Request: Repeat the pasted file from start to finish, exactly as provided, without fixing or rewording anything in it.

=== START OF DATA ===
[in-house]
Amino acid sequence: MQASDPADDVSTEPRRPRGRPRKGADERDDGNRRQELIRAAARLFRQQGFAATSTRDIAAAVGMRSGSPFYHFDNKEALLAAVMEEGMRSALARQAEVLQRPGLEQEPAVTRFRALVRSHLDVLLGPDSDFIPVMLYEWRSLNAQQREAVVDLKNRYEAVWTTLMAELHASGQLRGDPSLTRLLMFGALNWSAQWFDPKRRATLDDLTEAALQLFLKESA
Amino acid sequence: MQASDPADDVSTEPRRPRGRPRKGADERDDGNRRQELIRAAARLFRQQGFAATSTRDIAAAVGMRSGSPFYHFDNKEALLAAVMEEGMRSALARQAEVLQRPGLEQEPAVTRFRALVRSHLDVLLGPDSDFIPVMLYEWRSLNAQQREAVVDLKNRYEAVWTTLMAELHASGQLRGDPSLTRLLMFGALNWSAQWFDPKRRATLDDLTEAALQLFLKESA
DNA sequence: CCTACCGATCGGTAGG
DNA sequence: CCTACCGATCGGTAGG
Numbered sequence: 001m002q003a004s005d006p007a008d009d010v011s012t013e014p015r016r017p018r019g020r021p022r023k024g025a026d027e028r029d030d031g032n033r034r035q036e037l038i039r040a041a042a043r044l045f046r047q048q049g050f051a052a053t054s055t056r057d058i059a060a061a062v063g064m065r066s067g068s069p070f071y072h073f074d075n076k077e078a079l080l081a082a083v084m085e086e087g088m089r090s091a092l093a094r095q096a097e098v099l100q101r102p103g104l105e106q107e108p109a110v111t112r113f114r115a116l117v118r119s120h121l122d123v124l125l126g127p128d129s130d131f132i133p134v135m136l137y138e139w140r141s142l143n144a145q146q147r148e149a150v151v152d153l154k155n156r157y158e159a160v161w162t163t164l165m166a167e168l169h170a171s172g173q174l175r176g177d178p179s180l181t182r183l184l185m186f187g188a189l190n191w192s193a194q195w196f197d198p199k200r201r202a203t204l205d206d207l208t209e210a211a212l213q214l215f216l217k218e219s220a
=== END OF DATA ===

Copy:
[in-house]
Amino acid sequence: MQASDPADDVSTEPRRPRGRPRKGADERDDGNRRQELIRAAARLFRQQGFAATSTRDIAAAVGMRSGSPFYHFDNKEALLAAVMEEGMRSALARQAEVLQRPGLEQEPAVTRFRALVRSHLDVLLGPDSDFIPVMLYEWRSLNAQQREAVVDLKNRYEAVWTTLMAELHASGQLRGDPSLTRLLMFGALNWSAQWFDPKRRATLDDLTEAALQLFLKESA
Amino acid sequence: MQASDPADDVSTEPRRPRGRPRKGADERDDGNRRQELIRAAARLFRQQGFAATSTRDIAAAVGMRSGSPFYHFDNKEALLAAVMEEGMRSALARQAEVLQRPGLEQEPAVTRFRALVRSHLDVLLGPDSDFIPVMLYEWRSLNAQQREAVVDLKNRYEAVWTTLMAELHASGQLRGDPSLTRLLMFGALNWSAQWFDPKRRATLDDLTEAALQLFLKESA
DNA sequence: CCTACCGATCGGTAGG
DNA sequence: CCTACCGATCGGTAGG
Numbered sequence: 001m002q003a004s005d006p007a008d009d010v011s012t013e014p015r016r017p018r019g020r021p022r023k024g025a026d027e028r029d030d031g032n033r034r035q036e037l038i039r040a041a042a043r044l045f046r047q048q049g050f051a052a053t054s055t056r057d058i059a060a061a062v063g064m065r066s067g068s069p070f071y072h073f074d075n076k077e078a079l080l081a082a083v084m085e086e087g088m089r090s091a092l093a094r095q096a097e098v099l100q101r102p103g104l105e106q107e108p109a110v111t112r113f114r115a116l117v118r119s120h121l122d123v124l125l126g127p128d129s130d131f132i133p134v135m136l137y138e139w140r141s142l143n144a145q146q147r148e149a150v151v152d153l154k155n156r157y158e159a160v161w162t163t164l165m166a167e168l169h170a171s172g173q174l175r176g177d178p179s180l181t182r183l184l185m186f187g188a189l190n191w192s193a194q195w196f197d198p199k200r201r202a203t204l205d206d207l208t209e210a211a212l213q214l215f216l217k218e219s220a